When Jesus brought his Church into existence, he gave all his people certain gifts so they can be a blessing to others. As Rick Schenker, former President of Ratio Christi (a nationwide apologetics ministry) once said, “the apologist is truly fulfilling the Ephesians 4:11,12 model of an evangelist by equipping others to “do the work of the ministry”– namely winning their family, friends, neighbors and co-workers to Christ. Apologists are doing the exact thing that Paul told his protégé Timothy to do, “The things which you have heard from me…, entrust these to faithful men who will be able to teach others also,” (2 Timothy 2:2).” See the entire article here:
All of us who have been in the apologetic endeavor know it can be hard to get our fellow Christians to get motivated about the apologetic task before us. I think one of the first things that needs to be dealt with is getting Christians motivated about engaging the culture. For the record, even though I lead an apologetic ministry on a college campus and having done lots of outreach, I am just as susceptible to weaknesses such as apathy, complacency, and self-centeredness. One thing that helps me when I began to fall into these areas of struggle is to remember the following:
The Holy Spirit is the Agent of Evangelism and Apologetics
In my opinion, one of the most important statements made by Jesus are seen in John 14: 15-21:
“If you love me, you will keep my commandments.And I will ask the Father, and he will give you another Helper, to be with you forever,even the Spirit of truth, whom the world cannot receive, because it neither sees him nor knows him. You know him, for he dwells with you and will be in you. “I will not leave you as orphans; I will come to you. Yet a little while and the world will see me no more, but you will see me. Because I live, you also will live. In that day you will know that I am in my Father, and you in me, and I in you. Whoever has my commandments and keeps them, he it is who loves me. And he who loves me will be loved by my Father, and I will love him and manifest myself to him.”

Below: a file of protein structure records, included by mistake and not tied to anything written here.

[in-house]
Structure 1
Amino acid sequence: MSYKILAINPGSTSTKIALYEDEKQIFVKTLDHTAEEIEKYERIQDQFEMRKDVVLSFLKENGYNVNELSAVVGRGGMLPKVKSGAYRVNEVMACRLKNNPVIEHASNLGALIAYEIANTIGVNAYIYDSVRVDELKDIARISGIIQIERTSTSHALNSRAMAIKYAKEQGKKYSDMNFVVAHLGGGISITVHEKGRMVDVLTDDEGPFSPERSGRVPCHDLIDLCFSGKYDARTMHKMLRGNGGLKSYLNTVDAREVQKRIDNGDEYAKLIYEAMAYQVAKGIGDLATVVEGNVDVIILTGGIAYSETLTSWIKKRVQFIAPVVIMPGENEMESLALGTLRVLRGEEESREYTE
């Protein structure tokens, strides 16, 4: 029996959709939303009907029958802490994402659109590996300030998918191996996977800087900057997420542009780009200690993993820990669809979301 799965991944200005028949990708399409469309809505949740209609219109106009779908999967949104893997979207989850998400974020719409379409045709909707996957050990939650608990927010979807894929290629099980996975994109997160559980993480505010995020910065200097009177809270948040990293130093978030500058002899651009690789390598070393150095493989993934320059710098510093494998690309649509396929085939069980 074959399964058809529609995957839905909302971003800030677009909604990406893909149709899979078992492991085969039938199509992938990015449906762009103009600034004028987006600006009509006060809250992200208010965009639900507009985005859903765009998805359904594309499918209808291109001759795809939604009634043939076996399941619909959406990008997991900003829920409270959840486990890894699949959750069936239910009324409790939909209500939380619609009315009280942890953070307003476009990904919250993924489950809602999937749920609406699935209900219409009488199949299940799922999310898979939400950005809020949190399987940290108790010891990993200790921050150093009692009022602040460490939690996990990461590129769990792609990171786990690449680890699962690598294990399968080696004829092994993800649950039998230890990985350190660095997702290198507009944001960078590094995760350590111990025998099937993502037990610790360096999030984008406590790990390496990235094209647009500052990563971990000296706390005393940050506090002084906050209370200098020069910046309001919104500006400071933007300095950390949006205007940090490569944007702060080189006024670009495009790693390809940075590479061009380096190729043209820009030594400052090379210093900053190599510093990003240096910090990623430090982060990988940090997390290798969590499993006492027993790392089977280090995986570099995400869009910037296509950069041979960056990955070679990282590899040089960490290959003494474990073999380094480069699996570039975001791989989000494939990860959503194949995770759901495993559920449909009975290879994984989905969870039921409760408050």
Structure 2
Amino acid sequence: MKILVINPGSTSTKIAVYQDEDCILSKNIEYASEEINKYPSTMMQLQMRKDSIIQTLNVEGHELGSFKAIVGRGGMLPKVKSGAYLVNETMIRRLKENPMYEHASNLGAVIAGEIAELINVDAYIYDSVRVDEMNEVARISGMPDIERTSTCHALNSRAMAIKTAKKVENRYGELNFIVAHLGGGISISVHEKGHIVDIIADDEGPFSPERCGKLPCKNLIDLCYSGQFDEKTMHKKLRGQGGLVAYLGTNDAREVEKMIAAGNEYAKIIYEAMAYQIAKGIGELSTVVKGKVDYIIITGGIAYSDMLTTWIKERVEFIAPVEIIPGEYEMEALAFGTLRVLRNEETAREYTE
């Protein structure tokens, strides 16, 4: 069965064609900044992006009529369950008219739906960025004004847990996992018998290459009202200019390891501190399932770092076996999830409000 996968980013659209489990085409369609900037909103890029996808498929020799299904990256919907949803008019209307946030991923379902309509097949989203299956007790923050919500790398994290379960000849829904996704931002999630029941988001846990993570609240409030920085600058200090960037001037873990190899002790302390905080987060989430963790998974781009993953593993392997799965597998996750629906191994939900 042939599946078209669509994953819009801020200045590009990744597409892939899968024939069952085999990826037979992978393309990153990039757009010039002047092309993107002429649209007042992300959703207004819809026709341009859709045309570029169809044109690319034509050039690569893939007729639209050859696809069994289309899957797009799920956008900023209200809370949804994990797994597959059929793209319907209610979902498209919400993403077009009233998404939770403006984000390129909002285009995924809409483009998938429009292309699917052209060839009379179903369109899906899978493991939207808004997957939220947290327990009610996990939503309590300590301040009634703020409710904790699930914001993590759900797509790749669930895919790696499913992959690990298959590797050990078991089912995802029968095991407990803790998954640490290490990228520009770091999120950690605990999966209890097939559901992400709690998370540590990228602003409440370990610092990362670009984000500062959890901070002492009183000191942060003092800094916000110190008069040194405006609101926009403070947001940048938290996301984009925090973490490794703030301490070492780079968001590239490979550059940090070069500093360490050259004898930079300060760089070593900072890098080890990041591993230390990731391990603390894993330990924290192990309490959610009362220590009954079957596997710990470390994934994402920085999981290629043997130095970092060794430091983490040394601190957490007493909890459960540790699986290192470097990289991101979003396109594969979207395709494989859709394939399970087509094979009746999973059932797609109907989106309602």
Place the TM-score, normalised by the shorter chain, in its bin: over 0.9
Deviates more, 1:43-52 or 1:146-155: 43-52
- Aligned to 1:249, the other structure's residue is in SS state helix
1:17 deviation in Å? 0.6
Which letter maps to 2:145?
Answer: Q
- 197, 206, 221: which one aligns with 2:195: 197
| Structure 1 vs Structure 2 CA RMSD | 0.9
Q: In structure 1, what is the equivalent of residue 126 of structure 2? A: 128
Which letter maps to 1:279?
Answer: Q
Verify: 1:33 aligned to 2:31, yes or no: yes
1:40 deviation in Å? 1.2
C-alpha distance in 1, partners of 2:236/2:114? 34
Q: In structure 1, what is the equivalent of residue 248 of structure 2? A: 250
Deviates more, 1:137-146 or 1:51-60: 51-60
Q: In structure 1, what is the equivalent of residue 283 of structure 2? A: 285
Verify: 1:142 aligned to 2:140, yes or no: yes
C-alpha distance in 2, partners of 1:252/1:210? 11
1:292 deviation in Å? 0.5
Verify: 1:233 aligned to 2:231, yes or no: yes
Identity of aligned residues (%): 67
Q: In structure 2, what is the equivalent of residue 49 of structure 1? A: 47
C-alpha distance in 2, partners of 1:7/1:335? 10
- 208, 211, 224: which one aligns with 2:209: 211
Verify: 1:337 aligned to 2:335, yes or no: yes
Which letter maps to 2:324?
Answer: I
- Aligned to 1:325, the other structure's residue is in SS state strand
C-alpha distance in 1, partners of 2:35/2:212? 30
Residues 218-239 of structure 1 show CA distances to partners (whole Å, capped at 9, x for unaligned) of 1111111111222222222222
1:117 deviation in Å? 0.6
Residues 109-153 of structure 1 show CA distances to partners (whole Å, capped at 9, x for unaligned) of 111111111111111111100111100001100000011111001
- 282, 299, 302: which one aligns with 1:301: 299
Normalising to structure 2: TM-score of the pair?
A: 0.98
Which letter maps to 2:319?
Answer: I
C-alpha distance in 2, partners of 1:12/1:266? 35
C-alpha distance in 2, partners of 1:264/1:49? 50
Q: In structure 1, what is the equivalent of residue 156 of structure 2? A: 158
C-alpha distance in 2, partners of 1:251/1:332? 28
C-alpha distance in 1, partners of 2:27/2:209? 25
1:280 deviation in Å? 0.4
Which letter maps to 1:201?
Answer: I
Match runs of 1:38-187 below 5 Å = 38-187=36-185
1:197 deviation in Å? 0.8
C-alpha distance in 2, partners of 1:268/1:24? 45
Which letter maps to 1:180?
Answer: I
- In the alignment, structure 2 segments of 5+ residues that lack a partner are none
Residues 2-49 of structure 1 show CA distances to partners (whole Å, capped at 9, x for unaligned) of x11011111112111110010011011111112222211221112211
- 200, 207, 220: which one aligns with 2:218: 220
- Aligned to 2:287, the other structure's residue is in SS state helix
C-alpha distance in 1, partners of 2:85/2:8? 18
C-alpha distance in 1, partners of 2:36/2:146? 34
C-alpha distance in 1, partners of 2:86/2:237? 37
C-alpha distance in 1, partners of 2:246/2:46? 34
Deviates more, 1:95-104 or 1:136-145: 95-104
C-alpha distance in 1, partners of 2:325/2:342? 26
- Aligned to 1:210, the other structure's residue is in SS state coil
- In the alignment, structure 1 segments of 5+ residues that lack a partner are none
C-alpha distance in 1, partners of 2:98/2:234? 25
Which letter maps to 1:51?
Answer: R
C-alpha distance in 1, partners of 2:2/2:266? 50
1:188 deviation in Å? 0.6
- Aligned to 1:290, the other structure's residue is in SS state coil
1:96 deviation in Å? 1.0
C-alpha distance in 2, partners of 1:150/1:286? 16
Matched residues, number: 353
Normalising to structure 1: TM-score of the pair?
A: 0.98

Who is the Holy Spirit and What is His Role?
The Holy Spirit is one who consoles or comforts, one who encourages or uplifts; hence refreshes, and/or one who intercedes on our behalf as an advocate in court. Many scholars say the Holy Spirit is “another Jesus.” He is the one who is called to one’s side; He takes the place of Jesus. His primary role is to exalt Jesus and is He is with Believers forever (John 14:6). I can say for certain that any time I have ever grown complacent or apathetic, the Holy Spirit is always at work trying to stir my heart towards a lost and needy world. Now don’t get me wrong; the only way we can really experience His stirring is if we maintain a close relationship with God. Regular prayer, Bible study and devotion, as well as deep covenantal relationships with our fellow Christians play a large role in sensing His presence and promptings in our lives. Hence, spiritual disciplines play major factor in whether we will be truly yielded to God.